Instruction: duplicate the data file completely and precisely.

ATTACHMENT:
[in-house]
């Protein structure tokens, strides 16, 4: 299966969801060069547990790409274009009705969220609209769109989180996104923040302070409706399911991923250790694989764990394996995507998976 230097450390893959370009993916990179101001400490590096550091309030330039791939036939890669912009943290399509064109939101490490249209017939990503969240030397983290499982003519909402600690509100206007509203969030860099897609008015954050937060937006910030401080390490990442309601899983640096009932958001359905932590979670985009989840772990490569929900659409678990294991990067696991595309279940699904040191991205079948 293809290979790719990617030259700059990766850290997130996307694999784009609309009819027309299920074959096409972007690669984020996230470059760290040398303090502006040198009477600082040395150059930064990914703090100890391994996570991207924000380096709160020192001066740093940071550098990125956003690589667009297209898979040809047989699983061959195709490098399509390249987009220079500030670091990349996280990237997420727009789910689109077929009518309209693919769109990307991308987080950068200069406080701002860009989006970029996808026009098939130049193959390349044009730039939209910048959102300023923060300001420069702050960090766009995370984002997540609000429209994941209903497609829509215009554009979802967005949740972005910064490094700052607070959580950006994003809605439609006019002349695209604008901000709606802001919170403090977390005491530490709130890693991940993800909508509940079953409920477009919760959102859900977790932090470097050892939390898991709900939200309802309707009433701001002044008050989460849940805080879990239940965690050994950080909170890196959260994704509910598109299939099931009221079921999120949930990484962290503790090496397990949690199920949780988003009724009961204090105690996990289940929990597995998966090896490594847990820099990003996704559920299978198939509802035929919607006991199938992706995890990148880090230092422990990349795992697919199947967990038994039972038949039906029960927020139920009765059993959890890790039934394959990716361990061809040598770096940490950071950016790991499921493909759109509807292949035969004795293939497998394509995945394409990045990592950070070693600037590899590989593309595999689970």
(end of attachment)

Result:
[in-house]
């Protein structure tokens, strides 16, 4: 299966969801060069547990790409274009009705969220609209769109989180996104923040302070409706399911991923250790694989764990394996995507998976 230097450390893959370009993916990179101001400490590096550091309030330039791939036939890669912009943290399509064109939101490490249209017939990503969240030397983290499982003519909402600690509100206007509203969030860099897609008015954050937060937006910030401080390490990442309601899983640096009932958001359905932590979670985009989840772990490569929900659409678990294991990067696991595309279940699904040191991205079948 293809290979790719990617030259700059990766850290997130996307694999784009609309009819027309299920074959096409972007690669984020996230470059760290040398303090502006040198009477600082040395150059930064990914703090100890391994996570991207924000380096709160020192001066740093940071550098990125956003690589667009297209898979040809047989699983061959195709490098399509390249987009220079500030670091990349996280990237997420727009789910689109077929009518309209693919769109990307991308987080950068200069406080701002860009989006970029996808026009098939130049193959390349044009730039939209910048959102300023923060300001420069702050960090766009995370984002997540609000429209994941209903497609829509215009554009979802967005949740972005910064490094700052607070959580950006994003809605439609006019002349695209604008901000709606802001919170403090977390005491530490709130890693991940993800909508509940079953409920477009919760959102859900977790932090470097050892939390898991709900939200309802309707009433701001002044008050989460849940805080879990239940965690050994950080909170890196959260994704509910598109299939099931009221079921999120949930990484962290503790090496397990949690199920949780988003009724009961204090105690996990289940929990597995998966090896490594847990820099990003996704559920299978198939509802035929919607006991199938992706995890990148880090230092422990990349795992697919199947967990038994039972038949039906029960927020139920009765059993959890890790039934394959990716361990061809040598770096940490950071950016790991499921493909759109509807292949035969004795293939497998394509995945394409990045990592950070070693600037590899590989593309595999689970």